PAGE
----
Find these legendary Pulp tales and more in Will Murray’s Pulp Classics, now available at:
Receive an exciting original Spider adventure FREE! Part of the Will Murray Pulp Classics line, The Spider #11, Prince of the Red Looters first saw print in 1934 and features his momentous battle with The Fly and his armies of crazed criminal killers.
For those who have been unsure about digging into the wonderful world of pulps, this is a perfect chance to give one of these fantastic yarns a real test run. With a full introduction to the Spider written by famed pulp historian and author Will Murray, The Spider #11 was written by one of pulp’s most respected authors, Norvell W. Page. Writing as Grant Stockbridge, Page’s stories included some of the most bizarre and fun takes on heroes and crime fighting in the history of escapist fiction.
Even today Page’s scenarios and his edge-of-the-seat writing style are still thrilling both new and old fans everywhere. For those who have never read one of these rollercoaster adventures, you are in for a thrill. If you already know how much fun a classic pulp is, make sure you get a copy of this classic.
See what the Total Pulp Experience is for yourself. These exciting pulp adventures have been beautifully reformatted for easy reading as an eBook and features every story, every editorial, and every column of the original pulp magazine.
Send an eMail to and start reading your FREE copy of the Spider #11 within seconds! Experience The Best Pulps the Past has to offer in the most modern way possible!
Pulp fiction’s Master of Men returns in two classic stories from one of the pulp era’s best selling magazines. In the first story — could it be? Is The Spider dead? So it would seem, which forces Richard Wentworth to adopt the guise of Corporal Death in his battle with “The Mayor of Hell” (1936). Then, in “Fangs of the Dragon” (1942), The Spider visits the town of Bethbury, where the bite of flying dragons drives the populace to insanity and murder! This instant collectible contains two exciting pulp adventures that have been beautifully reformatted for easy reading and features both of the original full color covers as well as interior illustrations that accompany each story. On sale for $12.95, save $2.00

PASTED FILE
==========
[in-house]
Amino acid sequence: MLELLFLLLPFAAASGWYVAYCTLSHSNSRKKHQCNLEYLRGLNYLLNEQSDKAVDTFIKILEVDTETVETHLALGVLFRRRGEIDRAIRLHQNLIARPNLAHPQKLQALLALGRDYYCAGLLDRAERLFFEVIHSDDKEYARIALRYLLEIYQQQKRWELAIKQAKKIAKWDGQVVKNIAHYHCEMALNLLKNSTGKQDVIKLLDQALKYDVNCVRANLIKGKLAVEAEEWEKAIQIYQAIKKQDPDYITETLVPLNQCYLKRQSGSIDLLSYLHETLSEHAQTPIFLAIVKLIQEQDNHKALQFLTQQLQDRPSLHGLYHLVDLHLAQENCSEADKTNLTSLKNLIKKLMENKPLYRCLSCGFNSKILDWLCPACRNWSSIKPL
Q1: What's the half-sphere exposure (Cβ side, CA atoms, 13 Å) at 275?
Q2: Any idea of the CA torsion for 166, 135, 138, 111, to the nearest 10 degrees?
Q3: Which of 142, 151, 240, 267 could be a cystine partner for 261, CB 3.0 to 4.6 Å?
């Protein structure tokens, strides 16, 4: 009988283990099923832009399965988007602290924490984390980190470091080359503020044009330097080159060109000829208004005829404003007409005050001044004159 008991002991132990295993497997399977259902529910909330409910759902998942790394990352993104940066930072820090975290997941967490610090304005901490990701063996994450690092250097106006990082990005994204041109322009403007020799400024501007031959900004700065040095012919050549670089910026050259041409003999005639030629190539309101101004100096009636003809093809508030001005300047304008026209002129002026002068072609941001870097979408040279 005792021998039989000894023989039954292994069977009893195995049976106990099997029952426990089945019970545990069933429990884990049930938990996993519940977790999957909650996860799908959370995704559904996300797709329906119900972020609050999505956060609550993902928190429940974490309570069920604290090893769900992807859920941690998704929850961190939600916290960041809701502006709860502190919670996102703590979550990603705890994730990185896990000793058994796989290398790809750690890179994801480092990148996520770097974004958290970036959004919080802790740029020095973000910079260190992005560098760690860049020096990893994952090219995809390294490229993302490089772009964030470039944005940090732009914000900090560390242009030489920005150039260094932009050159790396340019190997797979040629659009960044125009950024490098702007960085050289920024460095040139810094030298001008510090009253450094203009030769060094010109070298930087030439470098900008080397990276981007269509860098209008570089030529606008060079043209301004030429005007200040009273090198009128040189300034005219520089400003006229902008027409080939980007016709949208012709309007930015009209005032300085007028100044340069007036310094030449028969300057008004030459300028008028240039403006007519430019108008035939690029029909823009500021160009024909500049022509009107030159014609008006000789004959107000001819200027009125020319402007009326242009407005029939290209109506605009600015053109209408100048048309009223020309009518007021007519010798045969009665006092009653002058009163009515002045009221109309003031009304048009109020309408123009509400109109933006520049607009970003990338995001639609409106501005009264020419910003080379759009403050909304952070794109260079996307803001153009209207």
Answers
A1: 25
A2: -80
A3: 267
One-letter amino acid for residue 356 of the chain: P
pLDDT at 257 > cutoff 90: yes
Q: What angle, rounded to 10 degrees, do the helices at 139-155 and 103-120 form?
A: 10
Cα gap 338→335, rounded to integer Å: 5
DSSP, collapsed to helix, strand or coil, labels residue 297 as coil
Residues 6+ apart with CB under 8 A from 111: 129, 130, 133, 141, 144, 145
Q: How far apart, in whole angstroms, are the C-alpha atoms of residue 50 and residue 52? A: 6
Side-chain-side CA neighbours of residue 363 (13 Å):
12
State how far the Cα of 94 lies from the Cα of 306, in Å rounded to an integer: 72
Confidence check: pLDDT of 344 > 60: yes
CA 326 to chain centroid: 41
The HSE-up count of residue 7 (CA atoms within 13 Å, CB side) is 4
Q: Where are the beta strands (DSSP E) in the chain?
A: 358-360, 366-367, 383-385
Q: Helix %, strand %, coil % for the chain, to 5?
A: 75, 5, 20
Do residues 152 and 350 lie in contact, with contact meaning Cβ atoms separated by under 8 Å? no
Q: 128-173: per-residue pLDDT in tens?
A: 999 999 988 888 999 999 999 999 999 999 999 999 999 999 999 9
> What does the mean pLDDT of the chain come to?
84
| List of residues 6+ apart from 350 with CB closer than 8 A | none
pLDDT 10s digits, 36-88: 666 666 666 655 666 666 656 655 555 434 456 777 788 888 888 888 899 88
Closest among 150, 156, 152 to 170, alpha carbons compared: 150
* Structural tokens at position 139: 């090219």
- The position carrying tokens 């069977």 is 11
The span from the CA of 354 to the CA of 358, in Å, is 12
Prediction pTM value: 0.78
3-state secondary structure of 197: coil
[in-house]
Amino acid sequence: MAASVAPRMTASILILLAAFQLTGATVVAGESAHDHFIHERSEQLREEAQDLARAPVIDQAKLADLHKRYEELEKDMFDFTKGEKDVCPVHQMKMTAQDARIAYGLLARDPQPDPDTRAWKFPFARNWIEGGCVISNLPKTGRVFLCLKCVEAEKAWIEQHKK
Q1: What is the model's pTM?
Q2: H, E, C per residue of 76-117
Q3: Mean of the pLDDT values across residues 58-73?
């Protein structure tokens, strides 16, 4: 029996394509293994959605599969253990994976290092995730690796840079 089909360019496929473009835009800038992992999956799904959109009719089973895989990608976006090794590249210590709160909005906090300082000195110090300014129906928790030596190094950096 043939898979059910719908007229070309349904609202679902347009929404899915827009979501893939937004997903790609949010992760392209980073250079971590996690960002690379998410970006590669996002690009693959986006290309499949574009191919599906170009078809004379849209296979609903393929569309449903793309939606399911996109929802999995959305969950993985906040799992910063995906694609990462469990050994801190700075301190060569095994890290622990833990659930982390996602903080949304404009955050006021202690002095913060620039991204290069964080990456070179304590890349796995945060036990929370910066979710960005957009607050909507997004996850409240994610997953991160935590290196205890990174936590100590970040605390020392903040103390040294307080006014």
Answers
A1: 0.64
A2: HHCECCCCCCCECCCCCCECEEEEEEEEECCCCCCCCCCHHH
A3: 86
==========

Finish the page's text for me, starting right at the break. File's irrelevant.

The Knight of Darkness proves that crime does not pay in two pulp classics by Walter B. Gibson writing as “Maxwell Grant.” First, The Shadow follows a trail of murder to retrieve the priceless rubies known as “The Seven Drops of Blood.” Then, to prove the innocence of a man accused of an impossible crime, the Dark Avenger must uncover the strange secret behind “Death from Nowhere.” BONUS: The Whisperer brings true sight to “The Eye of Zion” in a thriller by Alan Hathway writing as “Clifford Goodrich.” This instant collector’s item features the classic color pulp covers by Graves Gladney and George Rozen, the original interior illustrations by Tom Lovell and Edd Cartier, and commentary by popular culture historian Will Murray. $14.95.
The pulps’ original “Man of Steel” returns in three action-packed pulp thrillers by Paul Ernst and Emile Tepperman writing as “Kenneth Robeson.” First, smuggled “Pictures of Death” are only the sinister prelude to deadly sabotage and mass destruction. Then, Justice Inc. hunts for the antidote to a deadly malady that transforms men into apelike monstrosities in “The Green Killer.” Will the cure bring death to The Avenger? PLUS “Calling Justice Inc.,” a bonus Avenger thriller by Spider-scribe Emile Tepperman! This classic pulp reprint showcases the classic color pulp covers by Lenosci and William Timmons, Paul Orban’s interior illustrations and commentary by pulp historian Will Murray. $14.95.